If even has to pay the full $8.8 billion sought by Oracle in an upcoming San Francisco copyright trial over the Android operating system, it will have no impact on Google’s economy, as per shareholders and analysts.
Oracle claims Google’s Android violated its copyright on parts of the Java programming language, while Google says it should be able to use Java without paying a fee under the fair-use provision of copyright law.
he case previously went to trial in 2012, but a jury deadlocked. If the new jury, in the trial starting on Monday, rules against Google on fair use, then it will consider damages.
Google took in $75 billion in revenue in 2015, so even a large verdict for Oracle would have little impact on investors because it would be a one-time charge, said Mike Bailey, director of research at FBB Capital Partners, which holds shares in Alphabet, Google’s parent company.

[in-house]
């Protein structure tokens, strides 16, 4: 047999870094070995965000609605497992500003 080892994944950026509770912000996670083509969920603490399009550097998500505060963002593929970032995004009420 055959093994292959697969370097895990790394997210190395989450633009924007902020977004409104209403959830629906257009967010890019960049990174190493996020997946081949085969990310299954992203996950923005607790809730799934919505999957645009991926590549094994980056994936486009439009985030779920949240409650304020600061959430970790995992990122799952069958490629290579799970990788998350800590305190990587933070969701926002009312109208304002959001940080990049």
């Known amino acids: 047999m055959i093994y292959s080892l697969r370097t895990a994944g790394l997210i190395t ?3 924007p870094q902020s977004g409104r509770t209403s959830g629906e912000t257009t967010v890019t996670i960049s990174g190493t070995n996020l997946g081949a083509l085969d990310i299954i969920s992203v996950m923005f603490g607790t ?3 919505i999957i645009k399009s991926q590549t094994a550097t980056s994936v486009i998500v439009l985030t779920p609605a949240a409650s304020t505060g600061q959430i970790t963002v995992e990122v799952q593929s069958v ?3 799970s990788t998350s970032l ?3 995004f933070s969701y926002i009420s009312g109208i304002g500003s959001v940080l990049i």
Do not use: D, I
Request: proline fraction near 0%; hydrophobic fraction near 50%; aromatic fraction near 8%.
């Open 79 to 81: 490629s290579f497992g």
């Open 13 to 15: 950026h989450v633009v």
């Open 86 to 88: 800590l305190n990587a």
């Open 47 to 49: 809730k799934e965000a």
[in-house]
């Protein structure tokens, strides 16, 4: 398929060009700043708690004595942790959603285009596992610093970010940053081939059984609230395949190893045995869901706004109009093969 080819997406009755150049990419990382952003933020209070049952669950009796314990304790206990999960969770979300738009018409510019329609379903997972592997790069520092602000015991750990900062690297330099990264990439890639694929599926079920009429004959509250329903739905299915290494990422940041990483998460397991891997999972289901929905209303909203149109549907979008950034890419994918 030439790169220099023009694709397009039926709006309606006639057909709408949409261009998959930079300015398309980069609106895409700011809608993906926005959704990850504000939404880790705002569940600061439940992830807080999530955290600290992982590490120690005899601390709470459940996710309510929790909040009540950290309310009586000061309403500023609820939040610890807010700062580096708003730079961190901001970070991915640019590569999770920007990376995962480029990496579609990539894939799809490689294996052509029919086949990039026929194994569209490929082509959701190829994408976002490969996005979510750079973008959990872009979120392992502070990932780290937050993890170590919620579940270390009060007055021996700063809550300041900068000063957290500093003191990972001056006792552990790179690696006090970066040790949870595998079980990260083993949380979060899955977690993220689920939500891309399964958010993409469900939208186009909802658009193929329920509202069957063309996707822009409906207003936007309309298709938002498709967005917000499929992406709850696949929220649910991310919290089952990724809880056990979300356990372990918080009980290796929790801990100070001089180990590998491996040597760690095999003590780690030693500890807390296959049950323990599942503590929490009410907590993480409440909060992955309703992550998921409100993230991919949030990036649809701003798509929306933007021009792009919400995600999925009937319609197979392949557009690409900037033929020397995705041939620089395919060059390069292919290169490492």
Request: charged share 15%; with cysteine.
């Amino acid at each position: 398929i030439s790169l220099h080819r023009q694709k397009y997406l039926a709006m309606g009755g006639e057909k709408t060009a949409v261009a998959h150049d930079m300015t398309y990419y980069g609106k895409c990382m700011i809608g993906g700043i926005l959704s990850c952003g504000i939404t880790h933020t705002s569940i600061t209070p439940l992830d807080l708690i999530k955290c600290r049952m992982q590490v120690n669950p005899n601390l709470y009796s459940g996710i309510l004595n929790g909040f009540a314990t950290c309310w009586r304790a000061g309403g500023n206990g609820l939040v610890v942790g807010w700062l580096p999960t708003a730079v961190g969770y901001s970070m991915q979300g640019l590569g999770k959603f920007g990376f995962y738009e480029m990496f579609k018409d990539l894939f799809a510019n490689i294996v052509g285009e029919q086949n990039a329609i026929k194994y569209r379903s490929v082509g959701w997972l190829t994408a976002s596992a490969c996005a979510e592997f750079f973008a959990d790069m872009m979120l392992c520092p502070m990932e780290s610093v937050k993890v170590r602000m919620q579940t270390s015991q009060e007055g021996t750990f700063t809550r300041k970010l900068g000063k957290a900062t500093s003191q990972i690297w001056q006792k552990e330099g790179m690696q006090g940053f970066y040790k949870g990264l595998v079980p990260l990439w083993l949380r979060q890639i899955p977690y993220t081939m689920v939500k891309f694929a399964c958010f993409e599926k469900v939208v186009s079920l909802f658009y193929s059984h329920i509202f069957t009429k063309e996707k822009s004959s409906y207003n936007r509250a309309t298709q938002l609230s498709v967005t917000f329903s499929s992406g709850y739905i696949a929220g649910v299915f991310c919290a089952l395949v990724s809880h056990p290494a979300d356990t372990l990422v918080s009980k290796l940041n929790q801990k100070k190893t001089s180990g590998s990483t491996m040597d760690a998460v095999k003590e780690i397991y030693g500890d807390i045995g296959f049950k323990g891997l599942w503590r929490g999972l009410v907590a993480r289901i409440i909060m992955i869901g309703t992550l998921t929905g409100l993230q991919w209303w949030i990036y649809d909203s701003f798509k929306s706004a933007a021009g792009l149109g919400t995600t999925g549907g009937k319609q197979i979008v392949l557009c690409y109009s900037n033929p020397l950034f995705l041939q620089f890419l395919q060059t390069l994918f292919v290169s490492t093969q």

Oracle is also seeking an injunction against Google’s future use of Java in Android, which would give Oracle more leverage to negotiate an ongoing royalty. However, such an injunction would have to be issued by a judge, not a jury, and legal experts believe that is a remote possibility.
Oracle’s expert then calculated Android profits at $11.4 billion, of which he concluded Oracle is entitled to $8.8 billion.
However, Google says Oracle has vastly overstated Java’s role in the success of Android.
In a ruling this week, Alsup said Oracle’s damages expert will be allowed to testify about the $8.8 billion figure but cannot tell jurors they should award the entire amount.